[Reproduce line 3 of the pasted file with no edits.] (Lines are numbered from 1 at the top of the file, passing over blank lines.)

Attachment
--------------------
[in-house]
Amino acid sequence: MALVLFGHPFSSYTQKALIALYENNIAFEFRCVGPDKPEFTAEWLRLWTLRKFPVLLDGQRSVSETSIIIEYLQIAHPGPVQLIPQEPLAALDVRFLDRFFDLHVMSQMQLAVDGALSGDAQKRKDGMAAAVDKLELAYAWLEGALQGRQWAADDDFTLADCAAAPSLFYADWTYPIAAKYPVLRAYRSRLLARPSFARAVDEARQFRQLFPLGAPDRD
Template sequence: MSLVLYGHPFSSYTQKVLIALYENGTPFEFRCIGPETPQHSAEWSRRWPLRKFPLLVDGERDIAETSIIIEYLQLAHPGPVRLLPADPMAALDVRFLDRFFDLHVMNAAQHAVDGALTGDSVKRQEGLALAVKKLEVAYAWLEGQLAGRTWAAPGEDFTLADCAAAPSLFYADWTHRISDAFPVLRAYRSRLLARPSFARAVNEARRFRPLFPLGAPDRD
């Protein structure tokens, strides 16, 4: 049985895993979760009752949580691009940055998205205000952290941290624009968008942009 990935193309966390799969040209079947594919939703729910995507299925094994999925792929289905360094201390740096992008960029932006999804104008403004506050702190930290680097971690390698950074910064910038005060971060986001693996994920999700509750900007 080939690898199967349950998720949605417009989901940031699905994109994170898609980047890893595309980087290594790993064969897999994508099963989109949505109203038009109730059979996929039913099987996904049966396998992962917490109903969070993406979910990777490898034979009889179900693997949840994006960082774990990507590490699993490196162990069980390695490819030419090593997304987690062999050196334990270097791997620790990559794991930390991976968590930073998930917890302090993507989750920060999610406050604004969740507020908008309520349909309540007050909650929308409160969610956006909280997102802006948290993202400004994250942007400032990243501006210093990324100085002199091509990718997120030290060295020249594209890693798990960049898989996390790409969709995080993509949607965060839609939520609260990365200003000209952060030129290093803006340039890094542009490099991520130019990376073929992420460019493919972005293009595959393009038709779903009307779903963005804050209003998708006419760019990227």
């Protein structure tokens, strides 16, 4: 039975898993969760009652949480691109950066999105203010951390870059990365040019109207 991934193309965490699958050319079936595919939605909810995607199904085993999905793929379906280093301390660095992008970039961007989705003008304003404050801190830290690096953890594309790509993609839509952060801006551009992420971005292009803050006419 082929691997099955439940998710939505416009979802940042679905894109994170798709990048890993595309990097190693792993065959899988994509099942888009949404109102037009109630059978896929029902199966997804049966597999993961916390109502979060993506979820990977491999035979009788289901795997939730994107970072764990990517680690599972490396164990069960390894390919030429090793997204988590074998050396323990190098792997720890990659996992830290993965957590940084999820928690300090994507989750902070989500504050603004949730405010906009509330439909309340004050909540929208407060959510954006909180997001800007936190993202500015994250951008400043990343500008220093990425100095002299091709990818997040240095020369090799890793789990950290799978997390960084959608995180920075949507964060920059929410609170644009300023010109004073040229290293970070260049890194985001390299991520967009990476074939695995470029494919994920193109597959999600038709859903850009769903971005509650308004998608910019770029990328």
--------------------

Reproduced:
Template sequence: MSLVLYGHPFSSYTQKVLIALYENGTPFEFRCIGPETPQHSAEWSRRWPLRKFPLLVDGERDIAETSIIIEYLQLAHPGPVRLLPADPMAALDVRFLDRFFDLHVMNAAQHAVDGALTGDSVKRQEGLALAVKKLEVAYAWLEGQLAGRTWAAPGEDFTLADCAAAPSLFYADWTHRISDAFPVLRAYRSRLLARPSFARAVNEARRFRPLFPLGAPDRD